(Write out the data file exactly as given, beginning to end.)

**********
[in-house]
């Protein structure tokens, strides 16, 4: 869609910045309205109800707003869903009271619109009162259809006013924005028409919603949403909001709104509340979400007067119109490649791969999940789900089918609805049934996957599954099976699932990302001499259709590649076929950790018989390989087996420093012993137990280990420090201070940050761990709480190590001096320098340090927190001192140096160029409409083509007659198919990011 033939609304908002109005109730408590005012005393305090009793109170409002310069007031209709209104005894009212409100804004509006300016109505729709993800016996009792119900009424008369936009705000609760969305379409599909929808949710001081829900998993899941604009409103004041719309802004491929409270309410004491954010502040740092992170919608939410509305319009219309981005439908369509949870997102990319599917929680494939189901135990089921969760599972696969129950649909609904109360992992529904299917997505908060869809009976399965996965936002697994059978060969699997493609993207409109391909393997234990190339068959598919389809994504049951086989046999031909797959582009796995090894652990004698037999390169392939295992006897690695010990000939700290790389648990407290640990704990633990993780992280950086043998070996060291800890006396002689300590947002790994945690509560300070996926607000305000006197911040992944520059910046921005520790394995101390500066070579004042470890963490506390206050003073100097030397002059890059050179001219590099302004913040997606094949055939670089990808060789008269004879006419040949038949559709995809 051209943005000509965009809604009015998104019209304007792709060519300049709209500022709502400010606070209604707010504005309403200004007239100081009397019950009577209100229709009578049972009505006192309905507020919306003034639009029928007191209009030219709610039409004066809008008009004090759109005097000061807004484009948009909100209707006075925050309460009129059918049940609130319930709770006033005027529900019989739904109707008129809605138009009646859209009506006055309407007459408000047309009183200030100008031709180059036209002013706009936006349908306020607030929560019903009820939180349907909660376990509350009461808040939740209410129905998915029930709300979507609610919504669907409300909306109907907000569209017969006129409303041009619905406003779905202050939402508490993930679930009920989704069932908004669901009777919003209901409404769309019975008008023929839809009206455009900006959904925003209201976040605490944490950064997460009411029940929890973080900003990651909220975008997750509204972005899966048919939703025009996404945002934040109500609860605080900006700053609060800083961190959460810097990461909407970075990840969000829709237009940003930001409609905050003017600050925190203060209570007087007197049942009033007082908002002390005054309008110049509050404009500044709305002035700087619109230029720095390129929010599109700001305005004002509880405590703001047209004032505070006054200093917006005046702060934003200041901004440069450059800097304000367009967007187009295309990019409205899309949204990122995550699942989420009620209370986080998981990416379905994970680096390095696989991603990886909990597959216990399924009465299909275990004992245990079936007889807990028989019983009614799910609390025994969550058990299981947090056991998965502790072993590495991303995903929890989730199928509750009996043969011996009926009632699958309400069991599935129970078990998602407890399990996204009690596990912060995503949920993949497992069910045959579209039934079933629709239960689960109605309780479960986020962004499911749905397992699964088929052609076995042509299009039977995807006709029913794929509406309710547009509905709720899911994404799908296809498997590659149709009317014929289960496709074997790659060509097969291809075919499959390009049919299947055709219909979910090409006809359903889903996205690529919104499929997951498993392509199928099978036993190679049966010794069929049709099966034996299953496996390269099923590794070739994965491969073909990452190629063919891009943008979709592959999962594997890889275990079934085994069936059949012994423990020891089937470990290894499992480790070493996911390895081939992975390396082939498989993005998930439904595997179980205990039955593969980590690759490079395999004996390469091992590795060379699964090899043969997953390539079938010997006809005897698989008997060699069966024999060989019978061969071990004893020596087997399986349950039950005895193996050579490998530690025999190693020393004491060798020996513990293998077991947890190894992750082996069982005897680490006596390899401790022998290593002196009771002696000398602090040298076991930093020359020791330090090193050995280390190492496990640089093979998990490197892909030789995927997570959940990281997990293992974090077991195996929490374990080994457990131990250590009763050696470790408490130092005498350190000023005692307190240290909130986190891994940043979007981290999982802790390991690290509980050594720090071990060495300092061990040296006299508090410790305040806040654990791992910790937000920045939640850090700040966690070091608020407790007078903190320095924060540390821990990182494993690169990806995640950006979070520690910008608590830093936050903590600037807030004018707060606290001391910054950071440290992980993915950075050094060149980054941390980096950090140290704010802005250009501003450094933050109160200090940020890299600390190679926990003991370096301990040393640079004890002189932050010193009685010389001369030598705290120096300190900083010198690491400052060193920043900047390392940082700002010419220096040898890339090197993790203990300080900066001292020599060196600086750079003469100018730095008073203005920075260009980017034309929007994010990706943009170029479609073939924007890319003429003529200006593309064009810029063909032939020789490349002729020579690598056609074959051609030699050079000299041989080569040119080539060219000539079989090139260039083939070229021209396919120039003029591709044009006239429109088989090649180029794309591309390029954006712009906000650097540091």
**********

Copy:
[in-house]
């Protein structure tokens, strides 16, 4: 869609910045309205109800707003869903009271619109009162259809006013924005028409919603949403909001709104509340979400007067119109490649791969999940789900089918609805049934996957599954099976699932990302001499259709590649076929950790018989390989087996420093012993137990280990420090201070940050761990709480190590001096320098340090927190001192140096160029409409083509007659198919990011 033939609304908002109005109730408590005012005393305090009793109170409002310069007031209709209104005894009212409100804004509006300016109505729709993800016996009792119900009424008369936009705000609760969305379409599909929808949710001081829900998993899941604009409103004041719309802004491929409270309410004491954010502040740092992170919608939410509305319009219309981005439908369509949870997102990319599917929680494939189901135990089921969760599972696969129950649909609904109360992992529904299917997505908060869809009976399965996965936002697994059978060969699997493609993207409109391909393997234990190339068959598919389809994504049951086989046999031909797959582009796995090894652990004698037999390169392939295992006897690695010990000939700290790389648990407290640990704990633990993780992280950086043998070996060291800890006396002689300590947002790994945690509560300070996926607000305000006197911040992944520059910046921005520790394995101390500066070579004042470890963490506390206050003073100097030397002059890059050179001219590099302004913040997606094949055939670089990808060789008269004879006419040949038949559709995809 051209943005000509965009809604009015998104019209304007792709060519300049709209500022709502400010606070209604707010504005309403200004007239100081009397019950009577209100229709009578049972009505006192309905507020919306003034639009029928007191209009030219709610039409004066809008008009004090759109005097000061807004484009948009909100209707006075925050309460009129059918049940609130319930709770006033005027529900019989739904109707008129809605138009009646859209009506006055309407007459408000047309009183200030100008031709180059036209002013706009936006349908306020607030929560019903009820939180349907909660376990509350009461808040939740209410129905998915029930709300979507609610919504669907409300909306109907907000569209017969006129409303041009619905406003779905202050939402508490993930679930009920989704069932908004669901009777919003209901409404769309019975008008023929839809009206455009900006959904925003209201976040605490944490950064997460009411029940929890973080900003990651909220975008997750509204972005899966048919939703025009996404945002934040109500609860605080900006700053609060800083961190959460810097990461909407970075990840969000829709237009940003930001409609905050003017600050925190203060209570007087007197049942009033007082908002002390005054309008110049509050404009500044709305002035700087619109230029720095390129929010599109700001305005004002509880405590703001047209004032505070006054200093917006005046702060934003200041901004440069450059800097304000367009967007187009295309990019409205899309949204990122995550699942989420009620209370986080998981990416379905994970680096390095696989991603990886909990597959216990399924009465299909275990004992245990079936007889807990028989019983009614799910609390025994969550058990299981947090056991998965502790072993590495991303995903929890989730199928509750009996043969011996009926009632699958309400069991599935129970078990998602407890399990996204009690596990912060995503949920993949497992069910045959579209039934079933629709239960689960109605309780479960986020962004499911749905397992699964088929052609076995042509299009039977995807006709029913794929509406309710547009509905709720899911994404799908296809498997590659149709009317014929289960496709074997790659060509097969291809075919499959390009049919299947055709219909979910090409006809359903889903996205690529919104499929997951498993392509199928099978036993190679049966010794069929049709099966034996299953496996390269099923590794070739994965491969073909990452190629063919891009943008979709592959999962594997890889275990079934085994069936059949012994423990020891089937470990290894499992480790070493996911390895081939992975390396082939498989993005998930439904595997179980205990039955593969980590690759490079395999004996390469091992590795060379699964090899043969997953390539079938010997006809005897698989008997060699069966024999060989019978061969071990004893020596087997399986349950039950005895193996050579490998530690025999190693020393004491060798020996513990293998077991947890190894992750082996069982005897680490006596390899401790022998290593002196009771002696000398602090040298076991930093020359020791330090090193050995280390190492496990640089093979998990490197892909030789995927997570959940990281997990293992974090077991195996929490374990080994457990131990250590009763050696470790408490130092005498350190000023005692307190240290909130986190891994940043979007981290999982802790390991690290509980050594720090071990060495300092061990040296006299508090410790305040806040654990791992910790937000920045939640850090700040966690070091608020407790007078903190320095924060540390821990990182494993690169990806995640950006979070520690910008608590830093936050903590600037807030004018707060606290001391910054950071440290992980993915950075050094060149980054941390980096950090140290704010802005250009501003450094933050109160200090940020890299600390190679926990003991370096301990040393640079004890002189932050010193009685010389001369030598705290120096300190900083010198690491400052060193920043900047390392940082700002010419220096040898890339090197993790203990300080900066001292020599060196600086750079003469100018730095008073203005920075260009980017034309929007994010990706943009170029479609073939924007890319003429003529200006593309064009810029063909032939020789490349002729020579690598056609074959051609030699050079000299041989080569040119080539060219000539079989090139260039083939070229021209396919120039003029591709044009006239429109088989090649180029794309591309390029954006712009906000650097540091």